Bose could trounce the Sonos Arc with its new Dolby Atmos soundbar

The Bose Smart Soundbar 900 on an entertainment center.
(Image credit: Bose)

The Sonos Arc is a formidable Dolby Atmos soundbar, but the Bose Smart Soundbar 900 is going even bigger on spatial audio – in fact, it’s going in every direction.

Announced on Tuesday, the Bose Smart Soundbar 900 lives up to its smart moniker by offering Wi-Fi and Bluetooth connectivity as well as support for Google Assistant and Amazon Alexa for voice control. On top of that, it offers Spotify Connect, AirPlay 2, and interoperability with all other Bose smart speakers and the upcoming Bose QuietComfort 45

But what makes it really special, however, is the way it supports spatial audio.

Not only does the Soundbar 900 support traditional Dolby Atmos via upfiring speakers, but it uses Bose’s PhaseGuide technology to better position that audio in your living room. According to Bose, the Soundbar 900 works by “precisely, placing and ‘pinning’ distinct sound to the right and left” offering a large soundstage full of audio cues. When there’s no Dolby Atmos input, Bose says its use of its TrueSpace technology will allow it to retain its horizontal soundstage while remixing signals to add in a virtual height channel.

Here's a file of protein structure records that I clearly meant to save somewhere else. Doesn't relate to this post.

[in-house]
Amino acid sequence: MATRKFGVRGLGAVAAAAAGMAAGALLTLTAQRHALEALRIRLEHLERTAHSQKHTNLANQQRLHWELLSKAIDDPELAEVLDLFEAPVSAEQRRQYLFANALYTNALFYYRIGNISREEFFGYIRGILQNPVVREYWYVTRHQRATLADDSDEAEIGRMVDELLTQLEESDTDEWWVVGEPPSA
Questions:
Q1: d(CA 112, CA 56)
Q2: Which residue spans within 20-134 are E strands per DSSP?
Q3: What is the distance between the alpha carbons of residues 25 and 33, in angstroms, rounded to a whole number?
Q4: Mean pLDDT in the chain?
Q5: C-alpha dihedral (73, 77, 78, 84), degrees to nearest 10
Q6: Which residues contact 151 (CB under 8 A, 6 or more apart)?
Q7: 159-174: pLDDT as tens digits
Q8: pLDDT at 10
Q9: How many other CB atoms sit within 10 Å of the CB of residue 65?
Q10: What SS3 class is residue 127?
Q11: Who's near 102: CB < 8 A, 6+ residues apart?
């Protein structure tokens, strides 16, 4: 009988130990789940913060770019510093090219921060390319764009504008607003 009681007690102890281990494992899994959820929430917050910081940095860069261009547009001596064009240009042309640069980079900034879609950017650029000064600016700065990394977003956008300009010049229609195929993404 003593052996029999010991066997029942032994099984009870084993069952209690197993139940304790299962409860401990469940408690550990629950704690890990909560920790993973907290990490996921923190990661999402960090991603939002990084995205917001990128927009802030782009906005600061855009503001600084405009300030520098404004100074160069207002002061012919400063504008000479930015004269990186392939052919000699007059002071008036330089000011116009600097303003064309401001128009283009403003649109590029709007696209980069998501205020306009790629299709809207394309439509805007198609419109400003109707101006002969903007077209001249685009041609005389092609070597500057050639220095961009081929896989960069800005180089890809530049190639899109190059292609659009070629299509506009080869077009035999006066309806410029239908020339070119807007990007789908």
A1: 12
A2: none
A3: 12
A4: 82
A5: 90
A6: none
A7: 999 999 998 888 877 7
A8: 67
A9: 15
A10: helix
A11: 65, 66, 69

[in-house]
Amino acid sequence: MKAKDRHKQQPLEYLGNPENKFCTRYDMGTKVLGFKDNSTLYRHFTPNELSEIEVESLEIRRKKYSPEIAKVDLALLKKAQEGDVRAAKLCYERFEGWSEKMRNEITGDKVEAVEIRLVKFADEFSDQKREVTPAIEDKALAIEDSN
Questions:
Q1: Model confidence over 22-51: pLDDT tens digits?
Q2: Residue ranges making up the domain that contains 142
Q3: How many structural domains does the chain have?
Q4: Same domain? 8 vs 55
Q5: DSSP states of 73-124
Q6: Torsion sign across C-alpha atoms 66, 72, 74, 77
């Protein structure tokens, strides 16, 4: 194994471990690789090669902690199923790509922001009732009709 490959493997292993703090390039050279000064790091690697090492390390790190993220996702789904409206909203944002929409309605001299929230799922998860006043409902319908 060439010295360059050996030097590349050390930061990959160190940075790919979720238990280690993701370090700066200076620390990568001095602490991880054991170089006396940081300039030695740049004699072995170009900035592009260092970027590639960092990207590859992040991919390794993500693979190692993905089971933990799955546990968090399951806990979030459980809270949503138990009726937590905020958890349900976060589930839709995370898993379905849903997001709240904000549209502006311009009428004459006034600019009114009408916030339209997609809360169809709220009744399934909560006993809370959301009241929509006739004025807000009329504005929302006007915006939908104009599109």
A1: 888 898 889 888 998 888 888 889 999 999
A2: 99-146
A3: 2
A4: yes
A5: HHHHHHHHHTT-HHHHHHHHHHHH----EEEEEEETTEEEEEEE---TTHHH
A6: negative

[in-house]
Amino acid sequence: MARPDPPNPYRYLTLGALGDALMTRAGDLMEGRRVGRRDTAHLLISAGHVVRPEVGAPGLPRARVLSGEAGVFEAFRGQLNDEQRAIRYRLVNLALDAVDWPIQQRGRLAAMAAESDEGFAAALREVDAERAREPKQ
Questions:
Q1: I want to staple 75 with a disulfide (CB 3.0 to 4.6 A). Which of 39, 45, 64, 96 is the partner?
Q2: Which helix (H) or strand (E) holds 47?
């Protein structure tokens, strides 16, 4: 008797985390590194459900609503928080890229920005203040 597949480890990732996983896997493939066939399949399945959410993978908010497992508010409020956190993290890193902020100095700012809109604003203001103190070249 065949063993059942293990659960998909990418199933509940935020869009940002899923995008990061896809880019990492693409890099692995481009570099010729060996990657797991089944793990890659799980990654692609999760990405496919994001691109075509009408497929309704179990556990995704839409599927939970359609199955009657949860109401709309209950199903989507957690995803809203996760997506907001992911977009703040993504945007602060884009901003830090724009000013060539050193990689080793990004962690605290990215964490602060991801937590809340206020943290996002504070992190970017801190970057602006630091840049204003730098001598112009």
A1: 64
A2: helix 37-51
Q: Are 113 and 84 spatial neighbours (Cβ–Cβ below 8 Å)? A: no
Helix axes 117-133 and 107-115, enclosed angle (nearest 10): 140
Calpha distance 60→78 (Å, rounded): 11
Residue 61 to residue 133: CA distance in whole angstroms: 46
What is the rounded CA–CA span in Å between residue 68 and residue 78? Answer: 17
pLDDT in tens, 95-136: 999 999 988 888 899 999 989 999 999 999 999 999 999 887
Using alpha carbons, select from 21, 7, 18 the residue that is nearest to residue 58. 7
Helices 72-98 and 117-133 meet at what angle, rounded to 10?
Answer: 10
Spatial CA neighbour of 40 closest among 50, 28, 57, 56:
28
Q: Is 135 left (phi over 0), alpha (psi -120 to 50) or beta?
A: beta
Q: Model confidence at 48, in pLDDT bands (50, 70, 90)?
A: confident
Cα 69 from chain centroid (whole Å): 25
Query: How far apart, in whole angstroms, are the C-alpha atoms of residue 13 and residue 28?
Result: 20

Analysis: One step closer to a discrete 7.1.2 system 

At their core, both the Bose Smart Soundbar 900 and Sonos Arc attempt to recreate the sound of larger systems in a compact form factor – something that soundbars really struggled with a few years ago when they were first making waves.

Thanks to built-in Dolby Atmos support and wave-form technologies like Bose's, the gap between the technologies is starting to blur and we’re reaching a point where some soundbars can match discrete systems – especially at lower price points.

That said, a lower price tag in the audio world doesn’t exactly mean they’re cheap: the Bose Smart Soundbar 900 will be $899 (around £650, AU$1,200) when it drops on September 23. That’s a heck of a lot cheaper than a full 7.1.2 system would be with an Atmos-capable AVR and support for HDMI 2.1, but it’s not exactly pocket change, either.

We’ll have to test it for ourselves to see how it stands up to the Sonos Arc – currently what we consider the best soundbar available right now – but, on paper at least, it’s looking like it will be quite the showdown.

Nick Pino

Nick Pino is Managing Editor, TV and AV for TechRadar's sister site, Tom's Guide. Previously, he was the Senior Editor of Home Entertainment at TechRadar, covering TVs, headphones, speakers, video games, VR and streaming devices. He's also written for GamesRadar+, Official Xbox Magazine, PC Gamer and other outlets over the last decade, and he has a degree in computer science he's not using if anyone wants it.